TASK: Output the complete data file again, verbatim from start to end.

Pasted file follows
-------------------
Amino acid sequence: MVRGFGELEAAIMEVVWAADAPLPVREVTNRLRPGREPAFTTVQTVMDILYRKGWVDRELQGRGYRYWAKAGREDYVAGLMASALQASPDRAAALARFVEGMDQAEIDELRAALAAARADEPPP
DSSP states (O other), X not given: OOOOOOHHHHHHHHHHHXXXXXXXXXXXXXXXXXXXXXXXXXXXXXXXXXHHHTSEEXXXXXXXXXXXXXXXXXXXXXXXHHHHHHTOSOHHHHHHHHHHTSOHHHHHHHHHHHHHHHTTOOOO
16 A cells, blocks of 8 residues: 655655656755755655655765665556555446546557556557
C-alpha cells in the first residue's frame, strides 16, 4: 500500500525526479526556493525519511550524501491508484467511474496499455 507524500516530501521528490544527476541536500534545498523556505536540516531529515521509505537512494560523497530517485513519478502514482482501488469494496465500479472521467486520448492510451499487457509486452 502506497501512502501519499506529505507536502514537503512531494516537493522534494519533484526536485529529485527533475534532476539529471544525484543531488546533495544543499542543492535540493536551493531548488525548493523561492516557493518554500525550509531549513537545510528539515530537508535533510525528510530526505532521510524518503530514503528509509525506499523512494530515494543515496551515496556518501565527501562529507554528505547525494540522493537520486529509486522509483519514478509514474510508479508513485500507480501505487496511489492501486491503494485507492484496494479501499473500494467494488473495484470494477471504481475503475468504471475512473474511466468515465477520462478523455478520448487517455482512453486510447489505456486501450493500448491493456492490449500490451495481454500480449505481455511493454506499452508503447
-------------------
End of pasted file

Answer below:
Amino acid sequence: MVRGFGELEAAIMEVVWAADAPLPVREVTNRLRPGREPAFTTVQTVMDILYRKGWVDRELQGRGYRYWAKAGREDYVAGLMASALQASPDRAAALARFVEGMDQAEIDELRAALAAARADEPPP
DSSP states (O other), X not given: OOOOOOHHHHHHHHHHHXXXXXXXXXXXXXXXXXXXXXXXXXXXXXXXXXHHHTSEEXXXXXXXXXXXXXXXXXXXXXXXHHHHHHTOSOHHHHHHHHHHTSOHHHHHHHHHHHHHHHTTOOOO
16 A cells, blocks of 8 residues: 655655656755755655655765665556555446546557556557
C-alpha cells in the first residue's frame, strides 16, 4: 500500500525526479526556493525519511550524501491508484467511474496499455 507524500516530501521528490544527476541536500534545498523556505536540516531529515521509505537512494560523497530517485513519478502514482482501488469494496465500479472521467486520448492510451499487457509486452 502506497501512502501519499506529505507536502514537503512531494516537493522534494519533484526536485529529485527533475534532476539529471544525484543531488546533495544543499542543492535540493536551493531548488525548493523561492516557493518554500525550509531549513537545510528539515530537508535533510525528510530526505532521510524518503530514503528509509525506499523512494530515494543515496551515496556518501565527501562529507554528505547525494540522493537520486529509486522509483519514478509514474510508479508513485500507480501505487496511489492501486491503494485507492484496494479501499473500494467494488473495484470494477471504481475503475468504471475512473474511466468515465477520462478523455478520448487517455482512453486510447489505456486501450493500448491493456492490449500490451495481454500480449505481455511493454506499452508503447